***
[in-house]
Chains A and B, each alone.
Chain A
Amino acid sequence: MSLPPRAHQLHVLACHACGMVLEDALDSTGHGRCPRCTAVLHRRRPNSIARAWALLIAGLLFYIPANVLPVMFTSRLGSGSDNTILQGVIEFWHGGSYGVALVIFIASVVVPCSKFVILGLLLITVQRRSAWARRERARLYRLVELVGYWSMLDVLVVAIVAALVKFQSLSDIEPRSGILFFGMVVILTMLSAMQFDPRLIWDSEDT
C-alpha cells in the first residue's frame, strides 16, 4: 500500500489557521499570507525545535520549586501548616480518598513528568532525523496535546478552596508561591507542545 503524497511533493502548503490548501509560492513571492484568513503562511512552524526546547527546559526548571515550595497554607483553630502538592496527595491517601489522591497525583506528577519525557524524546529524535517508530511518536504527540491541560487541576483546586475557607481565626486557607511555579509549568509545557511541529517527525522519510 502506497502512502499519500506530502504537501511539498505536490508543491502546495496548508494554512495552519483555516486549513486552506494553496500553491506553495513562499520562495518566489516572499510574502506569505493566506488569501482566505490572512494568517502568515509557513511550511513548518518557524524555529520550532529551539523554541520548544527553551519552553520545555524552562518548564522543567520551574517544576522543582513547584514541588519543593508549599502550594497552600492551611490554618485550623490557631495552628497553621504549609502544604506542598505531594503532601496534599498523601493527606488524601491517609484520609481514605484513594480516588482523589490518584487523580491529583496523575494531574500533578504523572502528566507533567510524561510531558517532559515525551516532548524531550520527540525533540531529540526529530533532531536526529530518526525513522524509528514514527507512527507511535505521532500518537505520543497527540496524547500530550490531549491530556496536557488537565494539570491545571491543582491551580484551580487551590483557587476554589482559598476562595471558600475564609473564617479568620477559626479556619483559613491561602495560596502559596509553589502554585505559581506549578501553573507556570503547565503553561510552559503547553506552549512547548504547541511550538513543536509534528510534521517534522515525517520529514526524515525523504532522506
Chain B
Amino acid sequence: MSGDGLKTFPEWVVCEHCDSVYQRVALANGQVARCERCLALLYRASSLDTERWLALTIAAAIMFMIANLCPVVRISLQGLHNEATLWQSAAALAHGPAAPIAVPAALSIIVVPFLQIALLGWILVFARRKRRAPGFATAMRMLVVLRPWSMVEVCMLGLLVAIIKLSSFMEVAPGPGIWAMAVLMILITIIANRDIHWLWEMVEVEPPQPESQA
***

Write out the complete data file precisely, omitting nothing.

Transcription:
[in-house]
Chains A and B, each alone.
Chain A
Amino acid sequence: MSLPPRAHQLHVLACHACGMVLEDALDSTGHGRCPRCTAVLHRRRPNSIARAWALLIAGLLFYIPANVLPVMFTSRLGSGSDNTILQGVIEFWHGGSYGVALVIFIASVVVPCSKFVILGLLLITVQRRSAWARRERARLYRLVELVGYWSMLDVLVVAIVAALVKFQSLSDIEPRSGILFFGMVVILTMLSAMQFDPRLIWDSEDT
C-alpha cells in the first residue's frame, strides 16, 4: 500500500489557521499570507525545535520549586501548616480518598513528568532525523496535546478552596508561591507542545 503524497511533493502548503490548501509560492513571492484568513503562511512552524526546547527546559526548571515550595497554607483553630502538592496527595491517601489522591497525583506528577519525557524524546529524535517508530511518536504527540491541560487541576483546586475557607481565626486557607511555579509549568509545557511541529517527525522519510 502506497502512502499519500506530502504537501511539498505536490508543491502546495496548508494554512495552519483555516486549513486552506494553496500553491506553495513562499520562495518566489516572499510574502506569505493566506488569501482566505490572512494568517502568515509557513511550511513548518518557524524555529520550532529551539523554541520548544527553551519552553520545555524552562518548564522543567520551574517544576522543582513547584514541588519543593508549599502550594497552600492551611490554618485550623490557631495552628497553621504549609502544604506542598505531594503532601496534599498523601493527606488524601491517609484520609481514605484513594480516588482523589490518584487523580491529583496523575494531574500533578504523572502528566507533567510524561510531558517532559515525551516532548524531550520527540525533540531529540526529530533532531536526529530518526525513522524509528514514527507512527507511535505521532500518537505520543497527540496524547500530550490531549491530556496536557488537565494539570491545571491543582491551580484551580487551590483557587476554589482559598476562595471558600475564609473564617479568620477559626479556619483559613491561602495560596502559596509553589502554585505559581506549578501553573507556570503547565503553561510552559503547553506552549512547548504547541511550538513543536509534528510534521517534522515525517520529514526524515525523504532522506
Chain B
Amino acid sequence: MSGDGLKTFPEWVVCEHCDSVYQRVALANGQVARCERCLALLYRASSLDTERWLALTIAAAIMFMIANLCPVVRISLQGLHNEATLWQSAAALAHGPAAPIAVPAALSIIVVPFLQIALLGWILVFARRKRRAPGFATAMRMLVVLRPWSMVEVCMLGLLVAIIKLSSFMEVAPGPGIWAMAVLMILITIIANRDIHWLWEMVEVEPPQPESQA